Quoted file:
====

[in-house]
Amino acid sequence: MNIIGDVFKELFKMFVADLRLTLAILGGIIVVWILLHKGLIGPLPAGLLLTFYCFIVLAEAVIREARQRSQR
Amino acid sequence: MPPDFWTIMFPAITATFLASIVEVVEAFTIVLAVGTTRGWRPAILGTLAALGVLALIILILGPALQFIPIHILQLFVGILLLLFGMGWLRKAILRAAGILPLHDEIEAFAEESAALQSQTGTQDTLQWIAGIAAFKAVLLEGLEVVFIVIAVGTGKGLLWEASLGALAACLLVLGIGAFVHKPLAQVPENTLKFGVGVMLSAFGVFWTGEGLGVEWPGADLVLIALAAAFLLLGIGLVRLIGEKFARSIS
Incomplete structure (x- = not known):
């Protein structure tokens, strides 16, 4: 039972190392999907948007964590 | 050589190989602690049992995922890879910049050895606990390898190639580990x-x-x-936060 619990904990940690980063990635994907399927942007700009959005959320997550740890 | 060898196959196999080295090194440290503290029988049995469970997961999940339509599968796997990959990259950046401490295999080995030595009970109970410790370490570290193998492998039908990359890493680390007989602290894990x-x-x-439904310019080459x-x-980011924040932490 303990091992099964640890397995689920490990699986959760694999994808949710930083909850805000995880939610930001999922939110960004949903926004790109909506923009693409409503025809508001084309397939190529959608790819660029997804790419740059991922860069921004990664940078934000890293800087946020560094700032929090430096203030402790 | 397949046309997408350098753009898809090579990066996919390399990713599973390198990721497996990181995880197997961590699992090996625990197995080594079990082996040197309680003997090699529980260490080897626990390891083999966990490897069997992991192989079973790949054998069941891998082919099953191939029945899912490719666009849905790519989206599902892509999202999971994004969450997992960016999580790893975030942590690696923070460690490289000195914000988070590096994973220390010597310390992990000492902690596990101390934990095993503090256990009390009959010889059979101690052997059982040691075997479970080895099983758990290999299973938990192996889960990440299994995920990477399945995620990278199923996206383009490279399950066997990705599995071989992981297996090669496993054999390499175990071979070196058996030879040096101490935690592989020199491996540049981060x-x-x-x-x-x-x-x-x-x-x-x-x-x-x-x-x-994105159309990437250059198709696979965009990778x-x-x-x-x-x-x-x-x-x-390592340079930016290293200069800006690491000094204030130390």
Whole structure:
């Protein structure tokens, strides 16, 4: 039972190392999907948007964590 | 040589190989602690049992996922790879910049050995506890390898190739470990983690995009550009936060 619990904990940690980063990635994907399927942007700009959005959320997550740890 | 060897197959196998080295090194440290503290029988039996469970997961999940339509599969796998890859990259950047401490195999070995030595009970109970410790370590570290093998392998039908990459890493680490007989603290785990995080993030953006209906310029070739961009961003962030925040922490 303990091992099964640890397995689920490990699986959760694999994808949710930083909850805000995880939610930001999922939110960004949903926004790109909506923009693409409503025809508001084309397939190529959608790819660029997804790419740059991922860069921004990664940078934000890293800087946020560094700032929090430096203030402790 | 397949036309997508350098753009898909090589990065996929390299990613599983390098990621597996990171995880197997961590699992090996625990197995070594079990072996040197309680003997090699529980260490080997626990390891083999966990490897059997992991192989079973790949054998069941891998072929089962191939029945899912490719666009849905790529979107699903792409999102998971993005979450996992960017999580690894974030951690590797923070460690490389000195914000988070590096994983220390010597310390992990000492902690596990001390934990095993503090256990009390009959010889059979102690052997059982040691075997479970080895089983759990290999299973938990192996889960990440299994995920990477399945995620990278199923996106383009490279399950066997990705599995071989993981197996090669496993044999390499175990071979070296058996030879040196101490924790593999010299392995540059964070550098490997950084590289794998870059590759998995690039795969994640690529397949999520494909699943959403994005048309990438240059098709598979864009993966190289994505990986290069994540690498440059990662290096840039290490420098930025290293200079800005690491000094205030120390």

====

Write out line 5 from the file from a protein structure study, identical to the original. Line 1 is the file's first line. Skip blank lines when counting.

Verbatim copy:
């Protein structure tokens, strides 16, 4: 039972190392999907948007964590 | 050589190989602690049992995922890879910049050895606990390898190639580990x-x-x-936060 619990904990940690980063990635994907399927942007700009959005959320997550740890 | 060898196959196999080295090194440290503290029988049995469970997961999940339509599968796997990959990259950046401490295999080995030595009970109970410790370490570290193998492998039908990359890493680390007989602290894990x-x-x-439904310019080459x-x-980011924040932490 303990091992099964640890397995689920490990699986959760694999994808949710930083909850805000995880939610930001999922939110960004949903926004790109909506923009693409409503025809508001084309397939190529959608790819660029997804790419740059991922860069921004990664940078934000890293800087946020560094700032929090430096203030402790 | 397949046309997408350098753009898809090579990066996919390399990713599973390198990721497996990181995880197997961590699992090996625990197995080594079990082996040197309680003997090699529980260490080897626990390891083999966990490897069997992991192989079973790949054998069941891998082919099953191939029945899912490719666009849905790519989206599902892509999202999971994004969450997992960016999580790893975030942590690696923070460690490289000195914000988070590096994973220390010597310390992990000492902690596990101390934990095993503090256990009390009959010889059979101690052997059982040691075997479970080895099983758990290999299973938990192996889960990440299994995920990477399945995620990278199923996206383009490279399950066997990705599995071989992981297996090669496993054999390499175990071979070196058996030879040096101490935690592989020199491996540049981060x-x-x-x-x-x-x-x-x-x-x-x-x-x-x-x-x-994105159309990437250059198709696979965009990778x-x-x-x-x-x-x-x-x-x-390592340079930016290293200069800006690491000094204030130390």